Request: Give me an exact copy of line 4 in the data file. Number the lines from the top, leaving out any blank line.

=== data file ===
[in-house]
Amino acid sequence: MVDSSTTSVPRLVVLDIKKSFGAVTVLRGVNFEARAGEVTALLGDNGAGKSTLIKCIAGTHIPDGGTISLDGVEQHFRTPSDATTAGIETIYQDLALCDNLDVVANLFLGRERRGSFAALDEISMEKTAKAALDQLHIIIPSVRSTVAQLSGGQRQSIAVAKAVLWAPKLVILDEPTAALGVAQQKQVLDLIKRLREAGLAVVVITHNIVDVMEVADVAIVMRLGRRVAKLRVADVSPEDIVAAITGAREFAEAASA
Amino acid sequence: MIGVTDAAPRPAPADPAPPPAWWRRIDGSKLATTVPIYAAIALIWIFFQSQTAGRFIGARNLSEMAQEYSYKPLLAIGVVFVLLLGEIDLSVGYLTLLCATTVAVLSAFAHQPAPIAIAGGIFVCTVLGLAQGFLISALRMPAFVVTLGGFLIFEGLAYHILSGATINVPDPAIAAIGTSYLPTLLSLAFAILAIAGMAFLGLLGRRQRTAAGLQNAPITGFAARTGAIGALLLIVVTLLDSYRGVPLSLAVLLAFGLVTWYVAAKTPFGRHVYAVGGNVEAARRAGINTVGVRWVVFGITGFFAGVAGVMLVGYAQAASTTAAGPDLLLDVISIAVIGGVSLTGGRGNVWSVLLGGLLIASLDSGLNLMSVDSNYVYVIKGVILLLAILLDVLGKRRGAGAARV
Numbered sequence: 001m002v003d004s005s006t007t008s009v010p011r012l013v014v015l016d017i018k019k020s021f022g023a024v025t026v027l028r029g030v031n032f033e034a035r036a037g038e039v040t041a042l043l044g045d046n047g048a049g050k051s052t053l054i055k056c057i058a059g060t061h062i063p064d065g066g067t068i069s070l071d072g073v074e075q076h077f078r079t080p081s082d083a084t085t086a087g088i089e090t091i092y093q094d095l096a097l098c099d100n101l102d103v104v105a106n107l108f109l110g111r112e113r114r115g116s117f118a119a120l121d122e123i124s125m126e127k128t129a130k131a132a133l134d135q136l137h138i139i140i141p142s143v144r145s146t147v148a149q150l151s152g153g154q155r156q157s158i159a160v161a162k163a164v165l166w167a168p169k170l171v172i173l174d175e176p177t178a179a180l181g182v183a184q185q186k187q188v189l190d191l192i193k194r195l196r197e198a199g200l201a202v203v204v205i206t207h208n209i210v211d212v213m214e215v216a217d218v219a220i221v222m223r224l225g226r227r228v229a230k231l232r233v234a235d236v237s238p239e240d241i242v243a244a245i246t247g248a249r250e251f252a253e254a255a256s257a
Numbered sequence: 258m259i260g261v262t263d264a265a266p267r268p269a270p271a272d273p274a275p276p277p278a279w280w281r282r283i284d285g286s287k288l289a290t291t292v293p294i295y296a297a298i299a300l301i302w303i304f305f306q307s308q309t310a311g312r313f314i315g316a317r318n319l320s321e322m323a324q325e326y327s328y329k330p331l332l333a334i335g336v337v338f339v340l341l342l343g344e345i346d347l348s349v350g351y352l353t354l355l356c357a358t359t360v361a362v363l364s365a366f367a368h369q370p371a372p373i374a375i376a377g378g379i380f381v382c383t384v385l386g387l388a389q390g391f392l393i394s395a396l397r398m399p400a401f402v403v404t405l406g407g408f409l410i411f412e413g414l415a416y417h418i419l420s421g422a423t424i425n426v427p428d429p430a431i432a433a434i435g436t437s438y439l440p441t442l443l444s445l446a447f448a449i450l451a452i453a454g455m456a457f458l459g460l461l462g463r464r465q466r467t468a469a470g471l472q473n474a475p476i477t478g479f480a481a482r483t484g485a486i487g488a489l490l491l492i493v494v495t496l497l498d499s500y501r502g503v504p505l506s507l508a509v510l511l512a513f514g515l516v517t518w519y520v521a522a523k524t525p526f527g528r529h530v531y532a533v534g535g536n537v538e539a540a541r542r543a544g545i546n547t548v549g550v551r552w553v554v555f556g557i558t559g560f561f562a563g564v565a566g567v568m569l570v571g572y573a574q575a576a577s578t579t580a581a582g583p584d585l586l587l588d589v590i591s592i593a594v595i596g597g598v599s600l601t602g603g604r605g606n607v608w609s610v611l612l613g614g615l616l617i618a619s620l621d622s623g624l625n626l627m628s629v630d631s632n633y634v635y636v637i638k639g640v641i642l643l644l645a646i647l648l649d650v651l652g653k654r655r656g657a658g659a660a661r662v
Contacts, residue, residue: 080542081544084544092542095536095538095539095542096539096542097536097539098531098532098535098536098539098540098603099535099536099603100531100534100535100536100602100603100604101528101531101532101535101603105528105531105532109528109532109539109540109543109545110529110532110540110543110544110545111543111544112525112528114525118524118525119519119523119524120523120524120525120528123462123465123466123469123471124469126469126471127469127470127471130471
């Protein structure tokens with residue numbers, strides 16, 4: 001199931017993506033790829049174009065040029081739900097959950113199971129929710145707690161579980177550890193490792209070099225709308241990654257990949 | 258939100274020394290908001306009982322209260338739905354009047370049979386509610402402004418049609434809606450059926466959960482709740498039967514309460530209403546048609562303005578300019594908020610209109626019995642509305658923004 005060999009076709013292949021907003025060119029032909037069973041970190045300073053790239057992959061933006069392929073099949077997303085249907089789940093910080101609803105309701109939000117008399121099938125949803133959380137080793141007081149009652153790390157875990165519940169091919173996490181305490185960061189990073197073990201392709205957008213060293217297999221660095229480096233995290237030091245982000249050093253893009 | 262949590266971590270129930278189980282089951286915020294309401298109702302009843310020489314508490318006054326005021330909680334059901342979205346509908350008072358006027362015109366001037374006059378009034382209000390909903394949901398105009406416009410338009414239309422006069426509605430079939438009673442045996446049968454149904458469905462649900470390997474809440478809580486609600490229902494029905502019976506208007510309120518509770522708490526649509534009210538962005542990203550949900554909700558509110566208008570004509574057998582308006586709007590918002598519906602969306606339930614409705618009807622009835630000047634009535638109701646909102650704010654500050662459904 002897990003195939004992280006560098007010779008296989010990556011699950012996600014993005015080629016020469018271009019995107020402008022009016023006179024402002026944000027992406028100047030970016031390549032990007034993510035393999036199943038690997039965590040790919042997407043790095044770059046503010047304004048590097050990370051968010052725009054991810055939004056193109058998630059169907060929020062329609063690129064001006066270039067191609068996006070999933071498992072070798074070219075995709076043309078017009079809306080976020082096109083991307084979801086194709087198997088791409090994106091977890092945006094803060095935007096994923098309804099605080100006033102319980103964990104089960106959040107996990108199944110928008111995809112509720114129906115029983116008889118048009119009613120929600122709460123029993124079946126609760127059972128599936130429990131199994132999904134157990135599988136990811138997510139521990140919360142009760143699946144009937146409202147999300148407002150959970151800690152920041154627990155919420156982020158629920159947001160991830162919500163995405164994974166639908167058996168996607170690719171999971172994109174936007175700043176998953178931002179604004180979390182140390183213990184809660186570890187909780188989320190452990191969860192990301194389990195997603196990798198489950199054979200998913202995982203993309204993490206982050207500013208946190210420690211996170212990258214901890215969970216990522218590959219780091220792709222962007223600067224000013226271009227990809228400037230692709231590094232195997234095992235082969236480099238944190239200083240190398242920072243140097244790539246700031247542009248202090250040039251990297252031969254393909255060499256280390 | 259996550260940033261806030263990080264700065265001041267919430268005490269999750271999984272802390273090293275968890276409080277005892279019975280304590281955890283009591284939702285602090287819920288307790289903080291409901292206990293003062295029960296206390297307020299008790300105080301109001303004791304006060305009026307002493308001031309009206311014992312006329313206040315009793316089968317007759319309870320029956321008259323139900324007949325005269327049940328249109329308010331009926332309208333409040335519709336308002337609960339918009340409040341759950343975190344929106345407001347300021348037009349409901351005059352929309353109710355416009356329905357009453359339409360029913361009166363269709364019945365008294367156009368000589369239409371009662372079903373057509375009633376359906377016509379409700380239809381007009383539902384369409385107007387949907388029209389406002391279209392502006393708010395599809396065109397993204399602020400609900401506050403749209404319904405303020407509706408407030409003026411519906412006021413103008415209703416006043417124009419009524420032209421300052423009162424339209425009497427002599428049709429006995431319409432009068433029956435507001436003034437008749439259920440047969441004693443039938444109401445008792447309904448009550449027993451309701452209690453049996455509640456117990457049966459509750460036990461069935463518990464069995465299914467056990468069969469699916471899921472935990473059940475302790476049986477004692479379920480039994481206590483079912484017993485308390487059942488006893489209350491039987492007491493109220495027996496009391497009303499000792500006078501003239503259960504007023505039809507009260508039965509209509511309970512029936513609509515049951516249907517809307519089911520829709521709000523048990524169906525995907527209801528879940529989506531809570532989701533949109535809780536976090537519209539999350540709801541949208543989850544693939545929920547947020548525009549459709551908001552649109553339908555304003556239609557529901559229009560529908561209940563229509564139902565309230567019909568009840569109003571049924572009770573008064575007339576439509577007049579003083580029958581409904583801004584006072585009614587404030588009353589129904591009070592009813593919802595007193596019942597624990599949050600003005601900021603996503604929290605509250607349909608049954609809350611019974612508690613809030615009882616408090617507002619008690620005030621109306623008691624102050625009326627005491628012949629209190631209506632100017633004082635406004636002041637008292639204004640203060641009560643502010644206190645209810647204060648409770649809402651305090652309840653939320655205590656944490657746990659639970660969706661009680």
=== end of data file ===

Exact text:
Numbered sequence: 001m002v003d004s005s006t007t008s009v010p011r012l013v014v015l016d017i018k019k020s021f022g023a024v025t026v027l028r029g030v031n032f033e034a035r036a037g038e039v040t041a042l043l044g045d046n047g048a049g050k051s052t053l054i055k056c057i058a059g060t061h062i063p064d065g066g067t068i069s070l071d072g073v074e075q076h077f078r079t080p081s082d083a084t085t086a087g088i089e090t091i092y093q094d095l096a097l098c099d100n101l102d103v104v105a106n107l108f109l110g111r112e113r114r115g116s117f118a119a120l121d122e123i124s125m126e127k128t129a130k131a132a133l134d135q136l137h138i139i140i141p142s143v144r145s146t147v148a149q150l151s152g153g154q155r156q157s158i159a160v161a162k163a164v165l166w167a168p169k170l171v172i173l174d175e176p177t178a179a180l181g182v183a184q185q186k187q188v189l190d191l192i193k194r195l196r197e198a199g200l201a202v203v204v205i206t207h208n209i210v211d212v213m214e215v216a217d218v219a220i221v222m223r224l225g226r227r228v229a230k231l232r233v234a235d236v237s238p239e240d241i242v243a244a245i246t247g248a249r250e251f252a253e254a255a256s257a